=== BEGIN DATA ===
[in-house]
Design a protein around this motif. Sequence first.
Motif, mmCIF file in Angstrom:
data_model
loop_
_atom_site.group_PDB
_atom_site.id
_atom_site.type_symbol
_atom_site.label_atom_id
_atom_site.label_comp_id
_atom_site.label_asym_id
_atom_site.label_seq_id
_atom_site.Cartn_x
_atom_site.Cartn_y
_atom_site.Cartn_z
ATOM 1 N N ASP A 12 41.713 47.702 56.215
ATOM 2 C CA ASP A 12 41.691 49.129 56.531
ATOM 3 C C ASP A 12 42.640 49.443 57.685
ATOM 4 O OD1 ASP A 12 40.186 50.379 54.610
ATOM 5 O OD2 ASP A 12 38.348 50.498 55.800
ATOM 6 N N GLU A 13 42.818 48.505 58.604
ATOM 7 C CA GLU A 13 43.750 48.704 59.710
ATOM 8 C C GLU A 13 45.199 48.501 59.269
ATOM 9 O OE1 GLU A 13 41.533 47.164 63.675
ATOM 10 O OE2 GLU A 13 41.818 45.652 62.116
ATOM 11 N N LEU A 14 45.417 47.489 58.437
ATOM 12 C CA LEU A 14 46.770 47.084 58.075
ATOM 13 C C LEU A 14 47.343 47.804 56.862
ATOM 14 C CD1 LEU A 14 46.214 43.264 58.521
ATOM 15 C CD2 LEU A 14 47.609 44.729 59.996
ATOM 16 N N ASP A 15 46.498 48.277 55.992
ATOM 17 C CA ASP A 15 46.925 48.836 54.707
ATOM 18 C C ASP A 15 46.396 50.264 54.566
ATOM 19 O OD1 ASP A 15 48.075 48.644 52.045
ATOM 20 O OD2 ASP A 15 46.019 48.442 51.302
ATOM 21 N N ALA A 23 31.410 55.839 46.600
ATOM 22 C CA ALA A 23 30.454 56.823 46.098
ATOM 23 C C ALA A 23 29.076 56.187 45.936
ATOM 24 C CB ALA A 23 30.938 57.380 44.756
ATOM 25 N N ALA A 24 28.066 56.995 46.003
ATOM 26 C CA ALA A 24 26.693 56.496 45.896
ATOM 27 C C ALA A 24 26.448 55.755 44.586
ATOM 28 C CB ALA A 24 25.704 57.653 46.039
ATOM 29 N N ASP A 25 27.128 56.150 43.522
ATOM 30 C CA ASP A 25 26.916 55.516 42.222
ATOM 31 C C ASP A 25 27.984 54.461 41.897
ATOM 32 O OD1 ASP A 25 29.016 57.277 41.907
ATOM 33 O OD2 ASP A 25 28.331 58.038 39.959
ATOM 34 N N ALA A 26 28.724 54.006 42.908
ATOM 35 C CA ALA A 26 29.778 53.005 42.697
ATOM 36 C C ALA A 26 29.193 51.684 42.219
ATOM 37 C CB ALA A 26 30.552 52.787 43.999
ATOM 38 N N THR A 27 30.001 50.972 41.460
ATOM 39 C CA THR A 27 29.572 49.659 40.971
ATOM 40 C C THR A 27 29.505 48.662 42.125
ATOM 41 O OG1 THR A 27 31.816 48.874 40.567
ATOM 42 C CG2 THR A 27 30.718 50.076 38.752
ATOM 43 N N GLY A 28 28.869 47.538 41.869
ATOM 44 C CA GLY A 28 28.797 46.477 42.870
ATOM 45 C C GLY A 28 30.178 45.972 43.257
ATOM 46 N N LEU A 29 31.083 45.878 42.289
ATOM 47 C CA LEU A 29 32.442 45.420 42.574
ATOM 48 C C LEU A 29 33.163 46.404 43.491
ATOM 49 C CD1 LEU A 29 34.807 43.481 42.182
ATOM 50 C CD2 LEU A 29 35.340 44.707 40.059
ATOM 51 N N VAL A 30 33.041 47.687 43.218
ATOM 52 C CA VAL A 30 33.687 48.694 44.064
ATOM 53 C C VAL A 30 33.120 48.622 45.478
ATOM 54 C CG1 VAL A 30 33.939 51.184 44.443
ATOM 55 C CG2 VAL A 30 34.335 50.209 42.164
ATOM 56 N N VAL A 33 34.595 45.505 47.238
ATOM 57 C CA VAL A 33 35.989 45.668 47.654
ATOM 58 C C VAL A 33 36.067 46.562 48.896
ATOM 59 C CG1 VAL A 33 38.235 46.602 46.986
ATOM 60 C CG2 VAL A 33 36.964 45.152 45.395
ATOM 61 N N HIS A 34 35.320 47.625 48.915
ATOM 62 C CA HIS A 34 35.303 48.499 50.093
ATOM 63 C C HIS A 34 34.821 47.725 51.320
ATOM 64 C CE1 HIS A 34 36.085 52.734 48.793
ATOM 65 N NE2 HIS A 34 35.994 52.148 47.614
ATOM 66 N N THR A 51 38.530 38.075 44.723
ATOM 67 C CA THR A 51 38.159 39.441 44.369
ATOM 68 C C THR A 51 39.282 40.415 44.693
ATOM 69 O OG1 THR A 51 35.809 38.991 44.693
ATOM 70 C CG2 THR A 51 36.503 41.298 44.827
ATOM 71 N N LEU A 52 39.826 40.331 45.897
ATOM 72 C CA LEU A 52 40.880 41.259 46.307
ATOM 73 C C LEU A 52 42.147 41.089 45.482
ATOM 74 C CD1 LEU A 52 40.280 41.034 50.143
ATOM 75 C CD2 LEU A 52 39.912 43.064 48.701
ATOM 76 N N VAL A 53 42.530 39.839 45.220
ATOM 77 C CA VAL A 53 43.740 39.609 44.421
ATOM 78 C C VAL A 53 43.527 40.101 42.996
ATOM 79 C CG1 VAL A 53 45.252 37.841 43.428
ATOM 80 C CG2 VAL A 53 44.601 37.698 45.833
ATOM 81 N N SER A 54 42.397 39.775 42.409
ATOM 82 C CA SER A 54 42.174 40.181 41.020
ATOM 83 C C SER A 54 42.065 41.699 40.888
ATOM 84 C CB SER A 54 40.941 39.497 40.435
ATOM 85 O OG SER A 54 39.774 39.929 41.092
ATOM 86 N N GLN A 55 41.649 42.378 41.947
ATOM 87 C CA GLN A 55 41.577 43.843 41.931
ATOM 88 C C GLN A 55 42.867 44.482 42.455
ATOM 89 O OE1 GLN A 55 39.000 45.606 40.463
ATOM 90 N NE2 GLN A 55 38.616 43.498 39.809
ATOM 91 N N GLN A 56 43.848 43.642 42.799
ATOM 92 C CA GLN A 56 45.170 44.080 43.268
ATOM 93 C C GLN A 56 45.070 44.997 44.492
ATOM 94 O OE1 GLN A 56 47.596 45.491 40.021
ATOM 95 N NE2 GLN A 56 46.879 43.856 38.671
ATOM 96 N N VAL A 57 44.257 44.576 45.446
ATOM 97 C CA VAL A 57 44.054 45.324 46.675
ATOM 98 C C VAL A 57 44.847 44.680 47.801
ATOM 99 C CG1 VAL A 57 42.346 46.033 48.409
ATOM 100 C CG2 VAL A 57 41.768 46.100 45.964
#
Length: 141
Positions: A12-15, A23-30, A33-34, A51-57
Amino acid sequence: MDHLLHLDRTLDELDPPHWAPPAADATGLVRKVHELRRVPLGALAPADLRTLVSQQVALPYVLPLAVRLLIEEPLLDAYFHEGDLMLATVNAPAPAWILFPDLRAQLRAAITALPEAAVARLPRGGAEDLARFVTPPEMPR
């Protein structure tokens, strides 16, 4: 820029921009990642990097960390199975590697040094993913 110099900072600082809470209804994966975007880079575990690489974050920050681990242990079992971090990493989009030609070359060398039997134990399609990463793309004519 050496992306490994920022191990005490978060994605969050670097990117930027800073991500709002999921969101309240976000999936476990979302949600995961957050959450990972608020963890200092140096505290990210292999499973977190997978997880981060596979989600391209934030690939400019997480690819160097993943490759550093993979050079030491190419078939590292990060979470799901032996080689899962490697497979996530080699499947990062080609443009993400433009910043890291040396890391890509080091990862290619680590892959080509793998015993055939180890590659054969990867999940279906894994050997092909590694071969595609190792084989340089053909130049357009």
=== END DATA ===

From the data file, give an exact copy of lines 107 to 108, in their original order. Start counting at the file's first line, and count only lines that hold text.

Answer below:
ATOM 92 C CA GLN A 56 45.170 44.080 43.268
ATOM 93 C C GLN A 56 45.070 44.997 44.492